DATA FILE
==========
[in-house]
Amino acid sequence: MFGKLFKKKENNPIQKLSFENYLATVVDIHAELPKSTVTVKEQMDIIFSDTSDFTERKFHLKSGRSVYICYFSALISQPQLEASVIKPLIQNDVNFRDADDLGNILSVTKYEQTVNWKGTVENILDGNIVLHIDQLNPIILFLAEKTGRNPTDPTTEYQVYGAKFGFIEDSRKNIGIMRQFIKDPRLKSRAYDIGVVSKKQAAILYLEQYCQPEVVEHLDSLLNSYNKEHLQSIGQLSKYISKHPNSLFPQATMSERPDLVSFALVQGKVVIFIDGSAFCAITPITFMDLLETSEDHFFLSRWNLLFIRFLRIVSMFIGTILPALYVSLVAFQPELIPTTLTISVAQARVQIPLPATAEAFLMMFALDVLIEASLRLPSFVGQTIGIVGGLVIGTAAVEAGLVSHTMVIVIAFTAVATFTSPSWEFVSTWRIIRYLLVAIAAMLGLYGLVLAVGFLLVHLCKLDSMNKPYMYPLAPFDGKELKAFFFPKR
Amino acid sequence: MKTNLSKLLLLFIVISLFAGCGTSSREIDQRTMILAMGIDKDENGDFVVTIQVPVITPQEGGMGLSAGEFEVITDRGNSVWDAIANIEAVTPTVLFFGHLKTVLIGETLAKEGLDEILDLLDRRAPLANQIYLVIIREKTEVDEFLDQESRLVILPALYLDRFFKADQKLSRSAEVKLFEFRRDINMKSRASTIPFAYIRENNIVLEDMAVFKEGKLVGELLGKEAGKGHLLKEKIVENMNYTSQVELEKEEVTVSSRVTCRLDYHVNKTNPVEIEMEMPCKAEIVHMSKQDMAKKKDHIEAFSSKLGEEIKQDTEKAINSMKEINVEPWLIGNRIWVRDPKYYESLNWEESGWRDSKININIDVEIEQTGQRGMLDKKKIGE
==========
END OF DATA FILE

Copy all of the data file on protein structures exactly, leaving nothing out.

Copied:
[in-house]
Amino acid sequence: MFGKLFKKKENNPIQKLSFENYLATVVDIHAELPKSTVTVKEQMDIIFSDTSDFTERKFHLKSGRSVYICYFSALISQPQLEASVIKPLIQNDVNFRDADDLGNILSVTKYEQTVNWKGTVENILDGNIVLHIDQLNPIILFLAEKTGRNPTDPTTEYQVYGAKFGFIEDSRKNIGIMRQFIKDPRLKSRAYDIGVVSKKQAAILYLEQYCQPEVVEHLDSLLNSYNKEHLQSIGQLSKYISKHPNSLFPQATMSERPDLVSFALVQGKVVIFIDGSAFCAITPITFMDLLETSEDHFFLSRWNLLFIRFLRIVSMFIGTILPALYVSLVAFQPELIPTTLTISVAQARVQIPLPATAEAFLMMFALDVLIEASLRLPSFVGQTIGIVGGLVIGTAAVEAGLVSHTMVIVIAFTAVATFTSPSWEFVSTWRIIRYLLVAIAAMLGLYGLVLAVGFLLVHLCKLDSMNKPYMYPLAPFDGKELKAFFFPKR
Amino acid sequence: MKTNLSKLLLLFIVISLFAGCGTSSREIDQRTMILAMGIDKDENGDFVVTIQVPVITPQEGGMGLSAGEFEVITDRGNSVWDAIANIEAVTPTVLFFGHLKTVLIGETLAKEGLDEILDLLDRRAPLANQIYLVIIREKTEVDEFLDQESRLVILPALYLDRFFKADQKLSRSAEVKLFEFRRDINMKSRASTIPFAYIRENNIVLEDMAVFKEGKLVGELLGKEAGKGHLLKEKIVENMNYTSQVELEKEEVTVSSRVTCRLDYHVNKTNPVEIEMEMPCKAEIVHMSKQDMAKKKDHIEAFSSKLGEEIKQDTEKAINSMKEINVEPWLIGNRIWVRDPKYYESLNWEESGWRDSKININIDVEIEQTGQRGMLDKKKIGE